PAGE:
In Linux, if you ever need help regarding a command, all you need to do is to open its man page. But what if a situation arises wherein the requirement is to quickly search the names and descriptions of all available man pages? Well, Linux has got your covered, as there exists a command dubbed apropos that does exactly this for you.
In this tutorial, we will discuss the basics of apropos using some easy to understand examples. But before we do that, it’s worth mentioning that all examples here have been tested on an Ubuntu 16.04 LTS machine.
On this page
- Q1. How to use apropos?
- Q2. How to make apropos search for exact keywords?
- Q3. How to make apropos display entries matching all keywords?
- Q4. How to force apropos to not trim output?
- Q5. How to interpret apropos exit status?
Linux apropos command
The apropos command searches manual page names and descriptions for a user-supplied keyword. Following is its syntax:
apropos [OPTIONS] keyword ...
apropos [-dalhvV] [-e|-w|-r] [-s list] [-m system[,...]] [-M path] [-L locale] [-C file] keyword ...
And here’s what the tool’s man page says about it:
Each manual page has a short description available within it. apropos
searches the descriptions for instances of keyword.
keyword is usually a regular expression, as if (-r) was used, or may
contain wildcards (-w), or match the exact keyword (-e). Using these
options, it may be necessary to quote the keyword or escape (\) the
special characters to stop the shell from interpreting them.
The standard matching rules allow matches to be made against the page
name and word boundaries in the description.
The database searched by apropos is updated by the mandb program.
Depending on your installation, this may be run by a periodic cron job,
or may need to be run manually after new manual pages have been
Display all manual entries with the word “find” in the page name or description. Output resembles the following:
aa_find_mountpoint (2) - find where the apparmor interface filesystem is mounted chkdupexe (1) - find duplicate executables ffs (3) - find first bit set in a word ffsl (3) - find first bit set in a word ffsll (3) - find first bit set in a word find (1) - search for files in a directory hierarchy find2perl (1) - translate find command lines to Perl code findaffix (1) - Interactive spelling checking findfs (8) - find a filesystem by label or UUID findmnt (8) - find a filesystem findsmb (1) - list info about machines that respond to SMB name quer... glob (3) - find pathnames matching a pattern, free memory from gl... globfree (3) - find pathnames matching a pattern, free memory from gl... ippfind (1) - find internet printing protocol printers lfind (3) - linear search of an array locate (1) - find files by name memdiskfind (1) - utility to search for a MEMDISK instance mlocate (1) - find files by name mysql_find_rows (1) - extract SQL statements from files oldfind (1) - search for files in a directory hierarchy pidof (8) - find the process ID of a running program. texdoc (1) - find & view documentation in TeX Live tfind (3) - manage a binary tree tracediff (1) - find and print differences between two traces ttyslot (3) - find the slot of the current user's terminal in some file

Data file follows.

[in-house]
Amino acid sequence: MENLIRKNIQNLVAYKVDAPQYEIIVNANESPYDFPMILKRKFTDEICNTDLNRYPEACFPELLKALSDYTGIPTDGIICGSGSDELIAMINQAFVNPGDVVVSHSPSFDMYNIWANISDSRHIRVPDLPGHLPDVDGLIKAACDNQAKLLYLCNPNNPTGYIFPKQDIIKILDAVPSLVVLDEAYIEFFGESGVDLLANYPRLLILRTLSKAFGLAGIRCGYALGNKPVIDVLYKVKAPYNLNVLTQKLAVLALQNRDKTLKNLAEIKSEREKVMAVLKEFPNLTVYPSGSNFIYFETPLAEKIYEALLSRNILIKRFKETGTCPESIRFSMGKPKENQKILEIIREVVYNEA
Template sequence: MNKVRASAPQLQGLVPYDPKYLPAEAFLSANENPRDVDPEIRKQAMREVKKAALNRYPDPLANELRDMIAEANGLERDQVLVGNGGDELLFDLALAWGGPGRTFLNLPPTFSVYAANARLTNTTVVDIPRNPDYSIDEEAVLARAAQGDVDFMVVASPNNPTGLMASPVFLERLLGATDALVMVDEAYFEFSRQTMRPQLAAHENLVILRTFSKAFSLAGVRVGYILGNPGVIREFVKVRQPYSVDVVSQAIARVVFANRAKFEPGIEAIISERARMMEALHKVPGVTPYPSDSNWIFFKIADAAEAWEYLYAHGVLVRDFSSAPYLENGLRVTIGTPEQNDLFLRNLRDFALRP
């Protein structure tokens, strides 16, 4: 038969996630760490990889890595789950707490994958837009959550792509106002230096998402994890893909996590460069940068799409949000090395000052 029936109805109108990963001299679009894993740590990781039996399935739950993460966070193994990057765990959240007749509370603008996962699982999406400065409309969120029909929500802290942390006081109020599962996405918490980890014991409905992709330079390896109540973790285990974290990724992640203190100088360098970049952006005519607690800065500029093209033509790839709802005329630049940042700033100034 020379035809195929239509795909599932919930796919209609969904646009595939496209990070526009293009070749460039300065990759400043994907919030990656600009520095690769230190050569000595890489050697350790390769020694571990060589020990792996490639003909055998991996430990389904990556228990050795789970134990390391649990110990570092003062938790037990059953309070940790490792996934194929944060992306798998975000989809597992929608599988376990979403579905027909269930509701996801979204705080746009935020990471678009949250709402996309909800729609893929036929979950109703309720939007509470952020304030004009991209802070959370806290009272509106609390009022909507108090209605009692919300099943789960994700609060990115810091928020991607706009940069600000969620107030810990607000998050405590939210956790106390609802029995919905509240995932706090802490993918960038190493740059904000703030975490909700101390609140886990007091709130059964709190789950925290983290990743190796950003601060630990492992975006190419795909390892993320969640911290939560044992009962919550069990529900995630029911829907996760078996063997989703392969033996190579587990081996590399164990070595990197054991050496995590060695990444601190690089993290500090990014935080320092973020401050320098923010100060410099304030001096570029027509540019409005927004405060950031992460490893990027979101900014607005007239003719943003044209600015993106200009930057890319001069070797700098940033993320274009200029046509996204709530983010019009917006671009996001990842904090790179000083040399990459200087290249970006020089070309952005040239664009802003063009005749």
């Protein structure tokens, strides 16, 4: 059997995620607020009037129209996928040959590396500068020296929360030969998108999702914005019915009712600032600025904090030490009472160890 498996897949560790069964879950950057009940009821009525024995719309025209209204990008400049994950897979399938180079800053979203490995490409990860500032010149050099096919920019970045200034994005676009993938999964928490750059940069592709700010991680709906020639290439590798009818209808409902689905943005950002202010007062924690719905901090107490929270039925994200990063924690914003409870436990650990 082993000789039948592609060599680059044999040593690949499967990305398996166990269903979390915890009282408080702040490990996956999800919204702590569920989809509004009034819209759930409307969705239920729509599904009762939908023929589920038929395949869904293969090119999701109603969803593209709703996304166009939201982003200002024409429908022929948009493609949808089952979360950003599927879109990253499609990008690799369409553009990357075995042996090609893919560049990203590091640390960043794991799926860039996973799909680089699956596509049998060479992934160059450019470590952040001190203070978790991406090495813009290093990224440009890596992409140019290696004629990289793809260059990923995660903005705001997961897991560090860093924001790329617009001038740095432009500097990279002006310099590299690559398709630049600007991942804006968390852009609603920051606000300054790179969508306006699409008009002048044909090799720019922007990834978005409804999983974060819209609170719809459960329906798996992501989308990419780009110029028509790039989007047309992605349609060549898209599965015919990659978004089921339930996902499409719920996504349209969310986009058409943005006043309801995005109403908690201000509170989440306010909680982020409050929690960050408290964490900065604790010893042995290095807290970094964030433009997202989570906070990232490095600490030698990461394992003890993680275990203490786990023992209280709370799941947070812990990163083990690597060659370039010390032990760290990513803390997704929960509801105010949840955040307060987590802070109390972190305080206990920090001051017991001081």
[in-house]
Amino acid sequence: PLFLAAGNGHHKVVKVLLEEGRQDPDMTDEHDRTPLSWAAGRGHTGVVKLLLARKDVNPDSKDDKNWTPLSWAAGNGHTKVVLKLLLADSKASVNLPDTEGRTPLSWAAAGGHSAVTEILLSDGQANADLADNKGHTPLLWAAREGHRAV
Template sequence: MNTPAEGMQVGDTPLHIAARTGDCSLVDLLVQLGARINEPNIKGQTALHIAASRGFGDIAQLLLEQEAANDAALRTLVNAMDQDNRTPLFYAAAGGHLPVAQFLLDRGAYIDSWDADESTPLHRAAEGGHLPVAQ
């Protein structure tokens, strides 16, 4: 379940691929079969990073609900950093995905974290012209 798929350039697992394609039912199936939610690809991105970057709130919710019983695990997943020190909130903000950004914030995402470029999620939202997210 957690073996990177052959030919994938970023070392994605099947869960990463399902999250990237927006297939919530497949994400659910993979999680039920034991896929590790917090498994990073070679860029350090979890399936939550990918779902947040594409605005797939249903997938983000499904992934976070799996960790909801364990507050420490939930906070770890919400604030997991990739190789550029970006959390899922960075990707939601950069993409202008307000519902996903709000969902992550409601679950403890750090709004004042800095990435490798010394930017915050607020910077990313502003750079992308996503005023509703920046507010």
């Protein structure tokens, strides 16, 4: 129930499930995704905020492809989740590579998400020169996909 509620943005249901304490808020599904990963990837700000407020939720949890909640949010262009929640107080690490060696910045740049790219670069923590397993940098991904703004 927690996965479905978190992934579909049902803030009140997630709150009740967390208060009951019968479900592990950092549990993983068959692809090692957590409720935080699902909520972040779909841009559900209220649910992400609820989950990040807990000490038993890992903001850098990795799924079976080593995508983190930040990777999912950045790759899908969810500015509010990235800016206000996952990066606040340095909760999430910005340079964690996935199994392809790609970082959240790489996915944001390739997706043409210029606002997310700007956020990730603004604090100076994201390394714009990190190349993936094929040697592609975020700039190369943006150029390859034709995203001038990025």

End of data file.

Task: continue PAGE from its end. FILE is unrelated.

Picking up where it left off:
Following are some Q&A-styled examples that should give you a good idea on how the apropos command works.
Q1. How to use apropos?
Basic usage is simple. Just pass the keyword you want to search as input to the apropos command.
produced the following result:
dmesg (1) - print or control the kernel ring buffer
Of course, you can pass multiple keywords as well.
apropos dmesg whereis
Following is the output in this case:
dmesg (1) - print or control the kernel ring buffer
whereis (1) - locate the binary, source, and manual page files for a...
Q2. How to make apropos search for exact keywords?
By default, the input you pass to the apropos command isn’t searched exactly. For example, if you pass ‘who’ as an input, you’ll also see the tool producing results containing words like ‘whoami’.
So this isn’t an exact search. However, you can force apropos to search for exact keywords by using the -e or –exact command line options.
So now you see that only those entries that exactly match ‘who’ were displayed in the output.
Q3. How to make apropos display entries matching all keywords?
If you pass multiple keywords as input to the apropos command, the tool will output entries that match/contain at least one of the keywords. However, if you want apropos to produce only those entries that match/contain all keywords, then use the -a command line option.
For example, here’s the output of an apropos command without the -a option:
And here’s the output with -a option enabled:
Q4. How to force apropos to not trim output?
As you’d have seen in output in previous Q&As, the tool trims entries if they are too long. For example, see the highlighted line in the following output:
However, if you want, you can force apropos to produce complete lines in output, something which you can do using the -l command line option.
Q5. How to interpret apropos exit status?
The apropos command produces four different exit status: 0, 1, 2, and 16. Here’s what each of these represents:
0 Successful program execution.
1 Usage, syntax or configuration file error.
2 Operational error.
16 Nothing was found that matched the criteria specified
Depending on your work profile, you might not require the apropos command on daily basis, but as you’d have understood by now, it could be a lifesaver in certain situations. We’ve discussed some use command-line options here. To know more about the tool, head to its man page.